Not according to 49 major law firms! Earlier this month, a shareholder of Pershing Square Tontine Holdings, Ltd., filed derivative litigation against the company’s board, its sponsor and other related companies, contending that the company, a SPAC organized by a billionaire hedge-fund investor, is really an investment company that should be registered under the Investment Company Act of 1940 and that its sponsor is really an investment adviser that should be registered under the Investment Advisers Act of 1940. Had they registered, so the argument goes, they would have been subject to substantial regulation regarding the rights of the SPAC’s shareholders and the form and amount of the SPAC managers’ compensation. According to the complaint, under the ICA, “an Investment Company is an entity whose primary business is investing in securities. And investing in securities is basically the only thing that PSTH has ever done.” The complaint sought “a declaratory judgment, damages, and rescission of contracts whose formation and performance violate” the ICA and IAA. What’s especially notable about the litigation—aside from its novel premise—is that the plaintiff’s lawyers include Yale law professor John Morley and Robert Jackson, an NYU law professor and former SEC Commissioner. Now, a group of 49 major law firms—including Cooley—have issued a joint statement pushing back on the plaintiff’s claims, asserting that there is no legal or factual basis for the allegation that SPACs are investment companies.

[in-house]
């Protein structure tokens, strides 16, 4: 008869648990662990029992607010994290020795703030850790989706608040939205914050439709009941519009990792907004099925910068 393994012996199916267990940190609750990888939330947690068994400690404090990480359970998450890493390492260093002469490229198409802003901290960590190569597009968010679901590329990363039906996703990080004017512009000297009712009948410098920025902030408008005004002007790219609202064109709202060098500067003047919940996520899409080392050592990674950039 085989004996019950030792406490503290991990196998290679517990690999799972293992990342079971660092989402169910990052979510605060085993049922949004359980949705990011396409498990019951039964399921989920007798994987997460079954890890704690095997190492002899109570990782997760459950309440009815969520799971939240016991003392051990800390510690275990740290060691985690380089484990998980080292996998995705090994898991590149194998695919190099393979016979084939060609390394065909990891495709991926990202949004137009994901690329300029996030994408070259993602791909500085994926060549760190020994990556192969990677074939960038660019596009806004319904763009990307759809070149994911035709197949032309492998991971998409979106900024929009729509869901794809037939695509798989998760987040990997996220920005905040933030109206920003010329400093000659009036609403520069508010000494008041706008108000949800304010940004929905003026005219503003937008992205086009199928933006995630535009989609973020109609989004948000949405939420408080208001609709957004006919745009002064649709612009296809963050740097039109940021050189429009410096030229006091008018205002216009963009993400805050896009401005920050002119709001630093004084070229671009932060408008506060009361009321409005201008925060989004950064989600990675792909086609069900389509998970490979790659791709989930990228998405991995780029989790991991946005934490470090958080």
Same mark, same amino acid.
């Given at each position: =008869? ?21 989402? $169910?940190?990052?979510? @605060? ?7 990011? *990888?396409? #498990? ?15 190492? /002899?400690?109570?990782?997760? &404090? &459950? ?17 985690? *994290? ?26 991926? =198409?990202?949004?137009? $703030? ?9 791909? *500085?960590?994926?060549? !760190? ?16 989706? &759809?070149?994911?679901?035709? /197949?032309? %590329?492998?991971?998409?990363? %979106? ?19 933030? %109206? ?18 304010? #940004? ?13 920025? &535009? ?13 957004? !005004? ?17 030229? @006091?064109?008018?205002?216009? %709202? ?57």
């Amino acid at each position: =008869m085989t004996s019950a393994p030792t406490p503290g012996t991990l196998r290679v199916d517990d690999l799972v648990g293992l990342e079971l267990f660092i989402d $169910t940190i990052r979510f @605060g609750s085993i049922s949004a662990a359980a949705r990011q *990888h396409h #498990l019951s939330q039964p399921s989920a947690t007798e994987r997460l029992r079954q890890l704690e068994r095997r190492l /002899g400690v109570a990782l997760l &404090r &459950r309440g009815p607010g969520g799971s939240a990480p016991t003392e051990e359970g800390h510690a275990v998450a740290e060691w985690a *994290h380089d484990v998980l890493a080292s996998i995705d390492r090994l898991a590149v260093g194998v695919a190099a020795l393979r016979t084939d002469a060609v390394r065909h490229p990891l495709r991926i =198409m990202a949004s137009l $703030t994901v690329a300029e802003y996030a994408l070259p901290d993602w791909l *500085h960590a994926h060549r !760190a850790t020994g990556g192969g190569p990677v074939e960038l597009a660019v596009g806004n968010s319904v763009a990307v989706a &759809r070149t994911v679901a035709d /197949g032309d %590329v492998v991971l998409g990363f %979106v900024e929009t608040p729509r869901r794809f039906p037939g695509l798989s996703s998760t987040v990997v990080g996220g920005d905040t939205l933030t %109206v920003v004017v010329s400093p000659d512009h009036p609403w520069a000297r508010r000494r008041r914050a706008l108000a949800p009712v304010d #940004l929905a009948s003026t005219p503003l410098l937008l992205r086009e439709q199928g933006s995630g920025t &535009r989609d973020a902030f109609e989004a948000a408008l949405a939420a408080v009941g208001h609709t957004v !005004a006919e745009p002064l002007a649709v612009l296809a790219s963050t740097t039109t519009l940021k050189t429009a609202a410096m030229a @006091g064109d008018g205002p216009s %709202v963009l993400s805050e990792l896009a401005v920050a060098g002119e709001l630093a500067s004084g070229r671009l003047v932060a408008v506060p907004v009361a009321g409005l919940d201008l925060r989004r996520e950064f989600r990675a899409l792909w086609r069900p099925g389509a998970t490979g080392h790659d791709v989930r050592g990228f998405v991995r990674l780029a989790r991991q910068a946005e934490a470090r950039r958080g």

Yesterday, the SEC announced settled charges against Healthcare Services Group, Inc., a provider of housekeeping and other services to healthcare facilities, its CFO and its controller, for alleged failures to properly accrue and disclose litigation loss contingencies—accounting and disclosure violations that “enabled the company to report inflated quarterly [EPS] that met research analysts’ consensus estimates for multiple quarters.” This action is the result of SEC Enforcement’s “EPS Initiative, which uses risk-based data analytics to uncover potential accounting and disclosure violations caused by, among other things, earnings management practices.” Gurbir Grewal, the new Director of Enforcement, warned that the SEC will continue to leverage its “in-house data analytic capabilities to identify improper accounting and disclosure practices that mask volatility in financial performance, and continue to hold public companies and their executives accountable for their violations.” The company paid $6 million to settle the action. The SEC Order makes the matter of accruing for loss contingencies sound simple and straightforward, implying that the company’s behavior involved “big bath” accounting and other earnings management practices, and that may well be the case in this instance. However, in many cases, deciding whether, when and what to disclose or accrue for a loss contingency is not so clear cut and can often be a challenging exercise.